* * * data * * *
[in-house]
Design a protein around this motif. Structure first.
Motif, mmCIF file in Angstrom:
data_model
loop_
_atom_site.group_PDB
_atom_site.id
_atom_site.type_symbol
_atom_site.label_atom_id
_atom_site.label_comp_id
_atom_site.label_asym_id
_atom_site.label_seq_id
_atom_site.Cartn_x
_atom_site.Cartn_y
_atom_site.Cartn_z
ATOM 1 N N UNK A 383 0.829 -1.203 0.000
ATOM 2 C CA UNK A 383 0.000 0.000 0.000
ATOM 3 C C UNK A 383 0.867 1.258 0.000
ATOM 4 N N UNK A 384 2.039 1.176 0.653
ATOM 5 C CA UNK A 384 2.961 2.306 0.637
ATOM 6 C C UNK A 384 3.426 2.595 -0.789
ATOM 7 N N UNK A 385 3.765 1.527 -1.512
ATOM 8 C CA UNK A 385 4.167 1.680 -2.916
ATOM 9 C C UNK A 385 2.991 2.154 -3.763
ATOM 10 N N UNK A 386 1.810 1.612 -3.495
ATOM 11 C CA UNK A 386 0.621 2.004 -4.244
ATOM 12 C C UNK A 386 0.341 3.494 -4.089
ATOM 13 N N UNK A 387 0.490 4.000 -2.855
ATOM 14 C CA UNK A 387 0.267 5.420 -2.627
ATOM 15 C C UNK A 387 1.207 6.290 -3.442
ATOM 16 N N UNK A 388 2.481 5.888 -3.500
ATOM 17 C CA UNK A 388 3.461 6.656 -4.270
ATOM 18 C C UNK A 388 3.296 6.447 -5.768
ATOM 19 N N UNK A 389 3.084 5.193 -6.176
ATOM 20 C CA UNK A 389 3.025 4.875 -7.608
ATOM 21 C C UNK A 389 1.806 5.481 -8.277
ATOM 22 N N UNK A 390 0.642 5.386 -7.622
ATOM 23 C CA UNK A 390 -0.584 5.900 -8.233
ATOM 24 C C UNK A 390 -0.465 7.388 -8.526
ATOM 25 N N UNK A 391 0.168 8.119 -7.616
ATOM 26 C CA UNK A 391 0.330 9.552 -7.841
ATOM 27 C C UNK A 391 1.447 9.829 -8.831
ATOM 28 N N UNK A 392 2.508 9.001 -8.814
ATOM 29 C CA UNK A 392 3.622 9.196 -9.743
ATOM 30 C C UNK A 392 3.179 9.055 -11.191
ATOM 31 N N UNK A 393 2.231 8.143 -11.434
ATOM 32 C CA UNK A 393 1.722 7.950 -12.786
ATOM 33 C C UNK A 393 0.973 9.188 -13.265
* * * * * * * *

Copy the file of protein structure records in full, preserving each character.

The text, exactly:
[in-house]
Design a protein around this motif. Structure first.
Motif, mmCIF file in Angstrom:
data_model
loop_
_atom_site.group_PDB
_atom_site.id
_atom_site.type_symbol
_atom_site.label_atom_id
_atom_site.label_comp_id
_atom_site.label_asym_id
_atom_site.label_seq_id
_atom_site.Cartn_x
_atom_site.Cartn_y
_atom_site.Cartn_z
ATOM 1 N N UNK A 383 0.829 -1.203 0.000
ATOM 2 C CA UNK A 383 0.000 0.000 0.000
ATOM 3 C C UNK A 383 0.867 1.258 0.000
ATOM 4 N N UNK A 384 2.039 1.176 0.653
ATOM 5 C CA UNK A 384 2.961 2.306 0.637
ATOM 6 C C UNK A 384 3.426 2.595 -0.789
ATOM 7 N N UNK A 385 3.765 1.527 -1.512
ATOM 8 C CA UNK A 385 4.167 1.680 -2.916
ATOM 9 C C UNK A 385 2.991 2.154 -3.763
ATOM 10 N N UNK A 386 1.810 1.612 -3.495
ATOM 11 C CA UNK A 386 0.621 2.004 -4.244
ATOM 12 C C UNK A 386 0.341 3.494 -4.089
ATOM 13 N N UNK A 387 0.490 4.000 -2.855
ATOM 14 C CA UNK A 387 0.267 5.420 -2.627
ATOM 15 C C UNK A 387 1.207 6.290 -3.442
ATOM 16 N N UNK A 388 2.481 5.888 -3.500
ATOM 17 C CA UNK A 388 3.461 6.656 -4.270
ATOM 18 C C UNK A 388 3.296 6.447 -5.768
ATOM 19 N N UNK A 389 3.084 5.193 -6.176
ATOM 20 C CA UNK A 389 3.025 4.875 -7.608
ATOM 21 C C UNK A 389 1.806 5.481 -8.277
ATOM 22 N N UNK A 390 0.642 5.386 -7.622
ATOM 23 C CA UNK A 390 -0.584 5.900 -8.233
ATOM 24 C C UNK A 390 -0.465 7.388 -8.526
ATOM 25 N N UNK A 391 0.168 8.119 -7.616
ATOM 26 C CA UNK A 391 0.330 9.552 -7.841
ATOM 27 C C UNK A 391 1.447 9.829 -8.831
ATOM 28 N N UNK A 392 2.508 9.001 -8.814
ATOM 29 C CA UNK A 392 3.622 9.196 -9.743
ATOM 30 C C UNK A 392 3.179 9.055 -11.191
ATOM 31 N N UNK A 393 2.231 8.143 -11.434
ATOM 32 C CA UNK A 393 1.722 7.950 -12.786
ATOM 33 C C UNK A 393 0.973 9.188 -13.265